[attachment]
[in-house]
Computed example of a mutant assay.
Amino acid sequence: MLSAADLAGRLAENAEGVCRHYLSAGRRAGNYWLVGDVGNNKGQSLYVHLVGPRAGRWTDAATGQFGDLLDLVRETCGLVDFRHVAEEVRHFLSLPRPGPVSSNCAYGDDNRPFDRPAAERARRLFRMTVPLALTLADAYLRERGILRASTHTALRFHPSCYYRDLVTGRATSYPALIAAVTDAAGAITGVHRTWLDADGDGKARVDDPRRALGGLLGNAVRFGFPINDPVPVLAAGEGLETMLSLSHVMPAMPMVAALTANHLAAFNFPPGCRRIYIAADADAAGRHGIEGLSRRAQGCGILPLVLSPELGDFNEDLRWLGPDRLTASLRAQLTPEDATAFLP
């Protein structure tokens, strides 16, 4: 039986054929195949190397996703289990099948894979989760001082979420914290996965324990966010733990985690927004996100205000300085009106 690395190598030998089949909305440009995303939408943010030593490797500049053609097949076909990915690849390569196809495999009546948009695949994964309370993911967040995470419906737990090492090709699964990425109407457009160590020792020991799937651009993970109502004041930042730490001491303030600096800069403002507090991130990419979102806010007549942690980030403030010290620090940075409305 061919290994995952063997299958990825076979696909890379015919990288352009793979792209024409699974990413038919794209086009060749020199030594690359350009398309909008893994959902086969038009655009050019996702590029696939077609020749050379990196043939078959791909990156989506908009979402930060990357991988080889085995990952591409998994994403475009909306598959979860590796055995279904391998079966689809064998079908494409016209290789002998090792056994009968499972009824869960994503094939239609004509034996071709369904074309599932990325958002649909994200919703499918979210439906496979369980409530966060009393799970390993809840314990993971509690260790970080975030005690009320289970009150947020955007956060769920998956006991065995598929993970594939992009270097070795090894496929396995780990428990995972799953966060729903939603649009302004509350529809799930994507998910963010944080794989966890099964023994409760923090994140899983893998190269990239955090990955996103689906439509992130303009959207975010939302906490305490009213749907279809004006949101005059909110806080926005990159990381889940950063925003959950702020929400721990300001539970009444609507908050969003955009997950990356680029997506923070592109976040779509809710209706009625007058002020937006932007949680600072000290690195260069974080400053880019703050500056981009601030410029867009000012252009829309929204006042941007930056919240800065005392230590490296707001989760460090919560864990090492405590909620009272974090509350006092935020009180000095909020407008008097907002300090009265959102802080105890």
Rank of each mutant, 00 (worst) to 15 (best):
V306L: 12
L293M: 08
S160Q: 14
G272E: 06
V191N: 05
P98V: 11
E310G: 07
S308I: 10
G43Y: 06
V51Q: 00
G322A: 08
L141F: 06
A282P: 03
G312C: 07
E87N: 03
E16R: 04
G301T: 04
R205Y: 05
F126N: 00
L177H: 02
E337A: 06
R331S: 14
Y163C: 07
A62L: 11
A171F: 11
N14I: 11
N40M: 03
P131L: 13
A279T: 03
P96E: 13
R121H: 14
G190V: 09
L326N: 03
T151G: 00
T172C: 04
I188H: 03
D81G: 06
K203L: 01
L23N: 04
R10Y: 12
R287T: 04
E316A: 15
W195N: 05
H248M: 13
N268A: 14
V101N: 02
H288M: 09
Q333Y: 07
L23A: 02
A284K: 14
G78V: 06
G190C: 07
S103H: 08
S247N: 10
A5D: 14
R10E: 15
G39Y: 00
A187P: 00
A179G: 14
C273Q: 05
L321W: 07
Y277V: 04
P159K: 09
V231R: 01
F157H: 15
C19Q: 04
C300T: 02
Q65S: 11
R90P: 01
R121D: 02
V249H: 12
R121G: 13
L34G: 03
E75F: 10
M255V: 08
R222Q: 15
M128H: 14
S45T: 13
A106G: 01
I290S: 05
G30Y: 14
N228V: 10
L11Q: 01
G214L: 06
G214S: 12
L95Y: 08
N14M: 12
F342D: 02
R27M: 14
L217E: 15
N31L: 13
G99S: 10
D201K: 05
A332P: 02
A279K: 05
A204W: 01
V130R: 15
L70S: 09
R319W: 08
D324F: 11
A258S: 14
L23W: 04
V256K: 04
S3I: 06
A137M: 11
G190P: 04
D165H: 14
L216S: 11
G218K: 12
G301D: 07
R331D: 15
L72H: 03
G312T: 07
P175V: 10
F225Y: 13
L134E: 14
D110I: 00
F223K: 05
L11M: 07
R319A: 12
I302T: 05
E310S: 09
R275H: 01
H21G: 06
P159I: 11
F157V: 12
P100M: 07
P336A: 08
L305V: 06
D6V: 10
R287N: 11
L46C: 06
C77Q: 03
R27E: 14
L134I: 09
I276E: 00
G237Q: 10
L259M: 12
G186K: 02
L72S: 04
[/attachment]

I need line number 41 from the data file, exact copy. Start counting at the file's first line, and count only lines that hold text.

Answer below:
I188H: 03